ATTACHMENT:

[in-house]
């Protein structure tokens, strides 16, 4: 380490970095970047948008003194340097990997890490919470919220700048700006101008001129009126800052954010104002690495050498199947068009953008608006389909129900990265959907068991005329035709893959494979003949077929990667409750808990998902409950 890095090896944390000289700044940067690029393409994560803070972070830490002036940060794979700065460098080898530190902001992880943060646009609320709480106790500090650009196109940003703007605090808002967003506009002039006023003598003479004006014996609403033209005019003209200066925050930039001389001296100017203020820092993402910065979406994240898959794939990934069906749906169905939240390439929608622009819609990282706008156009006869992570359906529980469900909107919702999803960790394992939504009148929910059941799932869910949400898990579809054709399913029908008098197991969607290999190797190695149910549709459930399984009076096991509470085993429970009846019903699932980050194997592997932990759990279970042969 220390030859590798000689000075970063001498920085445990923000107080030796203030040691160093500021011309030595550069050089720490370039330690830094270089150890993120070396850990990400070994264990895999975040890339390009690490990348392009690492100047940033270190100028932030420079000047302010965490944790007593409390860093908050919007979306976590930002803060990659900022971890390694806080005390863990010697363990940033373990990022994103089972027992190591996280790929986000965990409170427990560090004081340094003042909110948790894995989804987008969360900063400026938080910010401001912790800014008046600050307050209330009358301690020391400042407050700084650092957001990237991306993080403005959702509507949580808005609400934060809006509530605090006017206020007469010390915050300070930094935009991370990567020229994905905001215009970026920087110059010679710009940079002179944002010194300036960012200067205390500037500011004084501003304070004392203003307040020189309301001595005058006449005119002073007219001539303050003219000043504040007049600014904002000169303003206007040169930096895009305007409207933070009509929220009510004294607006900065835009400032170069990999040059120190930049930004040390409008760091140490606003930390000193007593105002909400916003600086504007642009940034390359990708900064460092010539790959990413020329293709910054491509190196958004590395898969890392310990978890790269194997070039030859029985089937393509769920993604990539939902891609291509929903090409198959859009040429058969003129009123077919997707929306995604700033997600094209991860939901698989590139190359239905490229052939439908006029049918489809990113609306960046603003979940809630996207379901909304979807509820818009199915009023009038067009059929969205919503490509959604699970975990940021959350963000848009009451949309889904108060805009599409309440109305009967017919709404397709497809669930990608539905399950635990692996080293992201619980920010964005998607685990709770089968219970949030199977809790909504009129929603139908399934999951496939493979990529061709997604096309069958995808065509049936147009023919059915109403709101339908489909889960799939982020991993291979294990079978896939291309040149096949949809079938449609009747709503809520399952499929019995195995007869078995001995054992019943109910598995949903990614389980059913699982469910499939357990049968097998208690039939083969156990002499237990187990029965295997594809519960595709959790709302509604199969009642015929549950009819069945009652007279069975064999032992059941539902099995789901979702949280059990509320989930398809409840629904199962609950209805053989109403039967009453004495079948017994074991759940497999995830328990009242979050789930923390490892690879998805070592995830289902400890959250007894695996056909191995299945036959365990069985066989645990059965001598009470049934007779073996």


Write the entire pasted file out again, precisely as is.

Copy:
[in-house]
């Protein structure tokens, strides 16, 4: 380490970095970047948008003194340097990997890490919470919220700048700006101008001129009126800052954010104002690495050498199947068009953008608006389909129900990265959907068991005329035709893959494979003949077929990667409750808990998902409950 890095090896944390000289700044940067690029393409994560803070972070830490002036940060794979700065460098080898530190902001992880943060646009609320709480106790500090650009196109940003703007605090808002967003506009002039006023003598003479004006014996609403033209005019003209200066925050930039001389001296100017203020820092993402910065979406994240898959794939990934069906749906169905939240390439929608622009819609990282706008156009006869992570359906529980469900909107919702999803960790394992939504009148929910059941799932869910949400898990579809054709399913029908008098197991969607290999190797190695149910549709459930399984009076096991509470085993429970009846019903699932980050194997592997932990759990279970042969 220390030859590798000689000075970063001498920085445990923000107080030796203030040691160093500021011309030595550069050089720490370039330690830094270089150890993120070396850990990400070994264990895999975040890339390009690490990348392009690492100047940033270190100028932030420079000047302010965490944790007593409390860093908050919007979306976590930002803060990659900022971890390694806080005390863990010697363990940033373990990022994103089972027992190591996280790929986000965990409170427990560090004081340094003042909110948790894995989804987008969360900063400026938080910010401001912790800014008046600050307050209330009358301690020391400042407050700084650092957001990237991306993080403005959702509507949580808005609400934060809006509530605090006017206020007469010390915050300070930094935009991370990567020229994905905001215009970026920087110059010679710009940079002179944002010194300036960012200067205390500037500011004084501003304070004392203003307040020189309301001595005058006449005119002073007219001539303050003219000043504040007049600014904002000169303003206007040169930096895009305007409207933070009509929220009510004294607006900065835009400032170069990999040059120190930049930004040390409008760091140490606003930390000193007593105002909400916003600086504007642009940034390359990708900064460092010539790959990413020329293709910054491509190196958004590395898969890392310990978890790269194997070039030859029985089937393509769920993604990539939902891609291509929903090409198959859009040429058969003129009123077919997707929306995604700033997600094209991860939901698989590139190359239905490229052939439908006029049918489809990113609306960046603003979940809630996207379901909304979807509820818009199915009023009038067009059929969205919503490509959604699970975990940021959350963000848009009451949309889904108060805009599409309440109305009967017919709404397709497809669930990608539905399950635990692996080293992201619980920010964005998607685990709770089968219970949030199977809790909504009129929603139908399934999951496939493979990529061709997604096309069958995808065509049936147009023919059915109403709101339908489909889960799939982020991993291979294990079978896939291309040149096949949809079938449609009747709503809520399952499929019995195995007869078995001995054992019943109910598995949903990614389980059913699982469910499939357990049968097998208690039939083969156990002499237990187990029965295997594809519960595709959790709302509604199969009642015929549950009819069945009652007279069975064999032992059941539902099995789901979702949280059990509320989930398809409840629904199962609950209805053989109403039967009453004495079948017994074991759940497999995830328990009242979050789930923390490892690879998805070592995830289902400890959250007894695996056909191995299945036959365990069985066989645990059965001598009470049934007779073996």